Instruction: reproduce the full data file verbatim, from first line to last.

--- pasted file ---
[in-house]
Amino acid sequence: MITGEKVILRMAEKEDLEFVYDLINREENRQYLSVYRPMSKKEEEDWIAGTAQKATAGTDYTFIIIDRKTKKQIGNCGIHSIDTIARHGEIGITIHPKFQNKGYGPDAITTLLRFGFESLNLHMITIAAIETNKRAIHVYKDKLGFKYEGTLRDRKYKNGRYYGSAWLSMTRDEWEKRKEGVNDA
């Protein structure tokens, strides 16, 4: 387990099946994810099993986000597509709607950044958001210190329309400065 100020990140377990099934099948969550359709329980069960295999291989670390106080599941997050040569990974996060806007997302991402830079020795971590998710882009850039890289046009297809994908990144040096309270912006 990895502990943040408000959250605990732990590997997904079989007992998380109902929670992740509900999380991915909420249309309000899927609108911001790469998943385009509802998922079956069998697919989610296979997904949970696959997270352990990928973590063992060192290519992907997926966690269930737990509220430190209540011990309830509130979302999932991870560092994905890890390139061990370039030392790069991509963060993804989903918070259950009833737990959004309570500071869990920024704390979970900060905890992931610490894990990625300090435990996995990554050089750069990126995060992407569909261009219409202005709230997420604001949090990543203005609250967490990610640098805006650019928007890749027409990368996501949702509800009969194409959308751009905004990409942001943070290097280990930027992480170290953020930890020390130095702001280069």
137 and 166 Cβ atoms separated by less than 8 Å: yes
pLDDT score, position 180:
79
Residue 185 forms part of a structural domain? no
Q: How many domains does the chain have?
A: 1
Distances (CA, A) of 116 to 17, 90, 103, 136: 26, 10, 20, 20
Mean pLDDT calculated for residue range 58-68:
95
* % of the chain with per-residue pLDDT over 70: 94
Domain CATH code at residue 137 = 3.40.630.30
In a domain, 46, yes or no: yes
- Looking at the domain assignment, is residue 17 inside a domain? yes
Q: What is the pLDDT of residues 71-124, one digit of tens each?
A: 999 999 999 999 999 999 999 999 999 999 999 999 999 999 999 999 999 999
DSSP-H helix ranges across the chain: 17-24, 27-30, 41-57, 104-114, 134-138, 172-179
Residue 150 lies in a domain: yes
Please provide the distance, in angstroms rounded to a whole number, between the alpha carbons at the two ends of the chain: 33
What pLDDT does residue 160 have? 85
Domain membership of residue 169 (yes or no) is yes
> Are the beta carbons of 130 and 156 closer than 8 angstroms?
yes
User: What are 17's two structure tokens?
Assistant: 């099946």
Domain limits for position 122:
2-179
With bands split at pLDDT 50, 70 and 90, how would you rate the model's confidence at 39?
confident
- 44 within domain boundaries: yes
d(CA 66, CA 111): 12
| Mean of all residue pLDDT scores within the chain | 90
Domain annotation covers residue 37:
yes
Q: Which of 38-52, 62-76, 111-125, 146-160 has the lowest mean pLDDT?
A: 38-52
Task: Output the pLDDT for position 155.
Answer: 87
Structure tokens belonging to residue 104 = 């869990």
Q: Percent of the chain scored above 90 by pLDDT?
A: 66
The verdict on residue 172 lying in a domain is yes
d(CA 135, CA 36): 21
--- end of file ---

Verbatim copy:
[in-house]
Amino acid sequence: MITGEKVILRMAEKEDLEFVYDLINREENRQYLSVYRPMSKKEEEDWIAGTAQKATAGTDYTFIIIDRKTKKQIGNCGIHSIDTIARHGEIGITIHPKFQNKGYGPDAITTLLRFGFESLNLHMITIAAIETNKRAIHVYKDKLGFKYEGTLRDRKYKNGRYYGSAWLSMTRDEWEKRKEGVNDA
């Protein structure tokens, strides 16, 4: 387990099946994810099993986000597509709607950044958001210190329309400065 100020990140377990099934099948969550359709329980069960295999291989670390106080599941997050040569990974996060806007997302991402830079020795971590998710882009850039890289046009297809994908990144040096309270912006 990895502990943040408000959250605990732990590997997904079989007992998380109902929670992740509900999380991915909420249309309000899927609108911001790469998943385009509802998922079956069998697919989610296979997904949970696959997270352990990928973590063992060192290519992907997926966690269930737990509220430190209540011990309830509130979302999932991870560092994905890890390139061990370039030392790069991509963060993804989903918070259950009833737990959004309570500071869990920024704390979970900060905890992931610490894990990625300090435990996995990554050089750069990126995060992407569909261009219409202005709230997420604001949090990543203005609250967490990610640098805006650019928007890749027409990368996501949702509800009969194409959308751009905004990409942001943070290097280990930027992480170290953020930890020390130095702001280069």
137 and 166 Cβ atoms separated by less than 8 Å: yes
pLDDT score, position 180:
79
Residue 185 forms part of a structural domain? no
Q: How many domains does the chain have?
A: 1
Distances (CA, A) of 116 to 17, 90, 103, 136: 26, 10, 20, 20
Mean pLDDT calculated for residue range 58-68:
95
* % of the chain with per-residue pLDDT over 70: 94
Domain CATH code at residue 137 = 3.40.630.30
In a domain, 46, yes or no: yes
- Looking at the domain assignment, is residue 17 inside a domain? yes
Q: What is the pLDDT of residues 71-124, one digit of tens each?
A: 999 999 999 999 999 999 999 999 999 999 999 999 999 999 999 999 999 999
DSSP-H helix ranges across the chain: 17-24, 27-30, 41-57, 104-114, 134-138, 172-179
Residue 150 lies in a domain: yes
Please provide the distance, in angstroms rounded to a whole number, between the alpha carbons at the two ends of the chain: 33
What pLDDT does residue 160 have? 85
Domain membership of residue 169 (yes or no) is yes
> Are the beta carbons of 130 and 156 closer than 8 angstroms?
yes
User: What are 17's two structure tokens?
Assistant: 């099946």
Domain limits for position 122:
2-179
With bands split at pLDDT 50, 70 and 90, how would you rate the model's confidence at 39?
confident
- 44 within domain boundaries: yes
d(CA 66, CA 111): 12
| Mean of all residue pLDDT scores within the chain | 90
Domain annotation covers residue 37:
yes
Q: Which of 38-52, 62-76, 111-125, 146-160 has the lowest mean pLDDT?
A: 38-52
Task: Output the pLDDT for position 155.
Answer: 87
Structure tokens belonging to residue 104 = 């869990």
Q: Percent of the chain scored above 90 by pLDDT?
A: 66
The verdict on residue 172 lying in a domain is yes
d(CA 135, CA 36): 21